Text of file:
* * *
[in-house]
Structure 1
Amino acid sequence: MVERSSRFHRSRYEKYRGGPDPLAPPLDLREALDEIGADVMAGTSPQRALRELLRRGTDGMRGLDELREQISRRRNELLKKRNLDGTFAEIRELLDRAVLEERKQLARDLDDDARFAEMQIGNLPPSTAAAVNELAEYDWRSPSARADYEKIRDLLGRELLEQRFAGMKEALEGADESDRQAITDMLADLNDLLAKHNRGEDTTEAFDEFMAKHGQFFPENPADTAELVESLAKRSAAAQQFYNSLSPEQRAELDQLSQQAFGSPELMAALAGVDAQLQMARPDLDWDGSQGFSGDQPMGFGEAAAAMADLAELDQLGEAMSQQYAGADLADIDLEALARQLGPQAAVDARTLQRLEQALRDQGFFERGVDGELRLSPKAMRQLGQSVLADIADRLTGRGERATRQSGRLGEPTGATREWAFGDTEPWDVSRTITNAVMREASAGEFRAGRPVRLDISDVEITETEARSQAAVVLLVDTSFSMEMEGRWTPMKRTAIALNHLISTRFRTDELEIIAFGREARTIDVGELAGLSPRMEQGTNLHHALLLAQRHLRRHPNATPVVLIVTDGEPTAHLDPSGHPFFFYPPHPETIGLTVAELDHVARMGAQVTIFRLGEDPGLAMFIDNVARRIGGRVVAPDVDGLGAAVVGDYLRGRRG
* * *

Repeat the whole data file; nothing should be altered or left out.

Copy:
[in-house]
Structure 1
Amino acid sequence: MVERSSRFHRSRYEKYRGGPDPLAPPLDLREALDEIGADVMAGTSPQRALRELLRRGTDGMRGLDELREQISRRRNELLKKRNLDGTFAEIRELLDRAVLEERKQLARDLDDDARFAEMQIGNLPPSTAAAVNELAEYDWRSPSARADYEKIRDLLGRELLEQRFAGMKEALEGADESDRQAITDMLADLNDLLAKHNRGEDTTEAFDEFMAKHGQFFPENPADTAELVESLAKRSAAAQQFYNSLSPEQRAELDQLSQQAFGSPELMAALAGVDAQLQMARPDLDWDGSQGFSGDQPMGFGEAAAAMADLAELDQLGEAMSQQYAGADLADIDLEALARQLGPQAAVDARTLQRLEQALRDQGFFERGVDGELRLSPKAMRQLGQSVLADIADRLTGRGERATRQSGRLGEPTGATREWAFGDTEPWDVSRTITNAVMREASAGEFRAGRPVRLDISDVEITETEARSQAAVVLLVDTSFSMEMEGRWTPMKRTAIALNHLISTRFRTDELEIIAFGREARTIDVGELAGLSPRMEQGTNLHHALLLAQRHLRRHPNATPVVLIVTDGEPTAHLDPSGHPFFFYPPHPETIGLTVAELDHVARMGAQVTIFRLGEDPGLAMFIDNVARRIGGRVVAPDVDGLGAAVVGDYLRGRRG